Book: Passage to Burma by Scott Stulberg (NEW October 2013)
Monday I introduced a new book that will help you improve your travel photography. Today we’re looking at a coffee-table photography book that will amply demonstrate what a knowledgeable photographer can achieve. Passage to Burma, with words and images by Scott Stulberg, will definitely lure you to travel to Burma with its array of color and monotone photos featuring the landscape, people and unique structures you can find in Burma. Stulberg is a professional photographer who has traveled the world, but spent more time in his favorite country, Burma, than anywhere else.
Is Burma on your Bucket List? WIN THIS BOOK! Just subscribe to A Traveler’s Library by February 7, or tell me in a comment that you are already subscribed, and I’ll choose a person to receive the book. (Only U.S. residents, over 18, please).
In the introduction, Stulberg tackles the question of what to call this troubled country. He explains
Burma was changed to Myanmar and Rangoon to Yangon after a huge suppression by the military of a popular uprising. The change was recognized by the United Nations, and by countries such as France and Japan, but not by the United States and the United Kingdom. So the use of Burma can indicate non-recognition for the military junta, and the use of Myanmar can indicate a distaste for the colonial powers of the past who called the country Burma. For me and my friends, it will forever be Burma.
Stulberg divides the photos into five chapters–five important places in Burma.
A city founded along the Irawaddy River 1200 years ago, Stulberg calls Bagan, “a place of dreams.” The focus here is on pagadoas–understandably, since there are 2,000 of them in an area 1/6 the size of Washington D.C.
Mandalay, thanks to the song “On the Road to Mandalay” is a name familiar to Westerners. I was surprised to learn that the city was built relatively recently–1857. Here the focus is on the Buddhist monks, since this is considered the spiritual center of Buddhism.
Stulberg’s description of Inle Lake reminded me of Tonle Sap in Cambodia, which we visited. Both expand and contract depending on whether it is the rainy season or the dry season. Both are surrounded by tightly packed villages and floating markets. Inle Lake howeverk, is the home of the Padaung, known for the long-neck women. As with some tribes in Africa, girls starting at five years old wear brass rings on their necks–adding rings as they grow older. The emphasis here is on the fisherman of Inle Lake and their unusual practice of steering with one leg.
This remote place is far off the usual tourist routes and a visit is a trip back in time where oxcarts substitute for automobiles. It tkaes 7 hours to get there, and is only accessible by boat. A mixture of landscape, Buddhist and portraits represent Mrauk.
In complete contrast to Mrauk, Rangoon suggests the Burma of Somerset Maugham –a busy modern city that still has colonial accents. The religious focal point is the Great Dragon Pagoda, aka Golden Pagoda, and we are treated to photos of its glory along with busy streets and night scenes.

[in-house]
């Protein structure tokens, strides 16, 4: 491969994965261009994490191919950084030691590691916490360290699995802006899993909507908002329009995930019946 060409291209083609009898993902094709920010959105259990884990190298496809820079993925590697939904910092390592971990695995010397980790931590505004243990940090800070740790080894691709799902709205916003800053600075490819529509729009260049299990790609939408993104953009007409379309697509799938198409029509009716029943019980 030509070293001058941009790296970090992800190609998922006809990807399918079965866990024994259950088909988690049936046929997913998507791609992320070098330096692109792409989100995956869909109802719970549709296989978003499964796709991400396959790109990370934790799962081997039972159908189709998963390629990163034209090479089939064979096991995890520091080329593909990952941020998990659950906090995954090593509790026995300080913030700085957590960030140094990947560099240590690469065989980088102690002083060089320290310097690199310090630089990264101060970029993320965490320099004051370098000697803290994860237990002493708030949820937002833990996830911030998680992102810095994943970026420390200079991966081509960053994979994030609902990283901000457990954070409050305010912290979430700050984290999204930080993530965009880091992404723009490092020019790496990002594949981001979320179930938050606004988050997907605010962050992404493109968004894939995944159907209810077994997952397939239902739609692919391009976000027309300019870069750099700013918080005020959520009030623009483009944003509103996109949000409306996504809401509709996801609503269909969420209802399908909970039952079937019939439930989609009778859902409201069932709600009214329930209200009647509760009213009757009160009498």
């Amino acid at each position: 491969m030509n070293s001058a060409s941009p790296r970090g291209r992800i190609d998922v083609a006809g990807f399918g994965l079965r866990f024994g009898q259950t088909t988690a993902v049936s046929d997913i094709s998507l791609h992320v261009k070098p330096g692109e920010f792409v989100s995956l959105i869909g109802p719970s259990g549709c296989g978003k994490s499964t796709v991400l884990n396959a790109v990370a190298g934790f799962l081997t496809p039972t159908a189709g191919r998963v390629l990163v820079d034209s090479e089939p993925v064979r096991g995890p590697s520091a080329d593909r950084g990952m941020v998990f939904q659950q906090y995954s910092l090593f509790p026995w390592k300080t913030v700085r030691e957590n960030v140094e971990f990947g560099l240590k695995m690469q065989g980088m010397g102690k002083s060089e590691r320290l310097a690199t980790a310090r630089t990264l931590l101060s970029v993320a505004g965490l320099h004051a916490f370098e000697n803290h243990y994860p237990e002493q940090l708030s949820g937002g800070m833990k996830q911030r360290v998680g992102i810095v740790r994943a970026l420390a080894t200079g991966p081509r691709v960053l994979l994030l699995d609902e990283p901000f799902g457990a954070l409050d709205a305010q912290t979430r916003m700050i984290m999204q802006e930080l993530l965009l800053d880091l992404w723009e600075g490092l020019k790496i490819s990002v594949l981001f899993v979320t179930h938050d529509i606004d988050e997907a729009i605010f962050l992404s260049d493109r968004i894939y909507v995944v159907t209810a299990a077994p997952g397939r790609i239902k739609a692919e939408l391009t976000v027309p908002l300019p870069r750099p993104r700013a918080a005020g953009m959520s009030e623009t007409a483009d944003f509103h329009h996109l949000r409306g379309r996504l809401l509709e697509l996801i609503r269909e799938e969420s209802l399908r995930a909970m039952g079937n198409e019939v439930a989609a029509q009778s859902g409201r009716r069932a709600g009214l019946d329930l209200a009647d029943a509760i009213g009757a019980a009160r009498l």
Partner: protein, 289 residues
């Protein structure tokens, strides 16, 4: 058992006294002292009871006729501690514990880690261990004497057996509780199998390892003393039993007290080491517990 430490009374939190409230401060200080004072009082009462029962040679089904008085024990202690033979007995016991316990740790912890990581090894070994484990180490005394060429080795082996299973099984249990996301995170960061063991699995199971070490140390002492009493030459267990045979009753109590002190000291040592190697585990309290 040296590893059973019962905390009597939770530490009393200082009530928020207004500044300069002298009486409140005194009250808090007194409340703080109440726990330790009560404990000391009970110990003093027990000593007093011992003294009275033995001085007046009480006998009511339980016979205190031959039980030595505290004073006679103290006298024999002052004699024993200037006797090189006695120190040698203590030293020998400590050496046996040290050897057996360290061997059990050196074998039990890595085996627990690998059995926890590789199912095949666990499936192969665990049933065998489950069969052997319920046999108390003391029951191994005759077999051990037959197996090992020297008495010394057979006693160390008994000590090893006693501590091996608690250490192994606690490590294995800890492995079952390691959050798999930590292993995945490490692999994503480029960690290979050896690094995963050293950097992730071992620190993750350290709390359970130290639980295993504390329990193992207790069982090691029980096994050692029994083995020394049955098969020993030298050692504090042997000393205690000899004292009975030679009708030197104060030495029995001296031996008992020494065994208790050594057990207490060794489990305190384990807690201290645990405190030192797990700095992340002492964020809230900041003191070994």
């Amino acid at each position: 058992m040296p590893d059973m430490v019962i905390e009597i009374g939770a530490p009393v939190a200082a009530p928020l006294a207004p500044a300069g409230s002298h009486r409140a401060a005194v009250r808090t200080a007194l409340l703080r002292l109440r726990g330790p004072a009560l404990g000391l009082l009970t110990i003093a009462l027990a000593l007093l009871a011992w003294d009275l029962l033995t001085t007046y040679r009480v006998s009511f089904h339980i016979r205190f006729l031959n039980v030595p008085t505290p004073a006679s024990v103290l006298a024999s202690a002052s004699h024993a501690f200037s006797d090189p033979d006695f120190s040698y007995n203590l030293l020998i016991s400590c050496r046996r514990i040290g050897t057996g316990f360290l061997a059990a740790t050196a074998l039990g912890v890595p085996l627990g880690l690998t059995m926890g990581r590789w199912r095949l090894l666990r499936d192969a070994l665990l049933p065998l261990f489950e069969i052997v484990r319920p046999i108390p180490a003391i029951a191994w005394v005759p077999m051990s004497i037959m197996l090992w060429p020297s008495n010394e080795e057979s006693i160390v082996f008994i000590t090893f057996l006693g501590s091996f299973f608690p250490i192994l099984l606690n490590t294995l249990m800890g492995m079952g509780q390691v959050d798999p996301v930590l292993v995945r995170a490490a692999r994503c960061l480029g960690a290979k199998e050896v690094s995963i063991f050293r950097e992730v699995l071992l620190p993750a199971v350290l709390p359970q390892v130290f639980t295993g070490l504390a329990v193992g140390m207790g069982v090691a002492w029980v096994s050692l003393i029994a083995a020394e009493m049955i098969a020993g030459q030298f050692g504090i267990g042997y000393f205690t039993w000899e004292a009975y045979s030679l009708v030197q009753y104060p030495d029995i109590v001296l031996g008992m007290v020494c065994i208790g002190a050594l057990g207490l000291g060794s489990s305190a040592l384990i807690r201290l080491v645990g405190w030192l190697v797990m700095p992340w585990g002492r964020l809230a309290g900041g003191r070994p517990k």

Do you feel that you have been on a tour of Burma? I certainly did after going through this book.
Although the photos–and the country–are enticing, there are flaws in the book. For one thing, the photographer writes the narrative and his presentation could have used some judicious editing. He is clearly very enthusiastic about his subject, but the expressions tend toward the cliché and his favorite adjectives are reused a few too many times. Likewise, the photos could have been edited down. Many seem repetitive. Surely there were other subjects that could have been inserted in the mix and we could have seen (for example) fewer of the child monks–adorable as they are.
Finally, there were some serious problems with the binding and printing of the book I received for review. This happens sometimes in a print run, but in a photo book it is particularly disconcerting to have streaks across a page or pages poorly bound with the stitching intruding on a full-page photo. It could have been a fluke, so I would not assume that all the books are that way, however, I would suggest you examine any copy carefully and return it if it is not correct.
Has this article got you yearning to visit Burma? Here are eleven practical tips from CNN. And if you’re looking for adventure (what? visiting Burma is not adventure enough?) here’s a tour from Overseas Adventure Tours. (Note: I have no connection to O.A.T. Just thought it looked interesting.)
Note: The publisher provided a review copy of this book, and kindly authorized me to use the photos you see here. Remember the photos are copyrighted, not available for copy. The photo credit: Photos from Passage to Burma by Scott Stulberg, Photography by Scott Stulberg, used by permission of the publisher, © 2013 published by Skyhorse Publishing, hardcover
You also need to know that I am an affiliate of Amazon.com. I put links from the book cover and title to the amazon online store so you can shop easily. Although it costs you no more to use my links, I make a few cents when you do. Thanks for the support.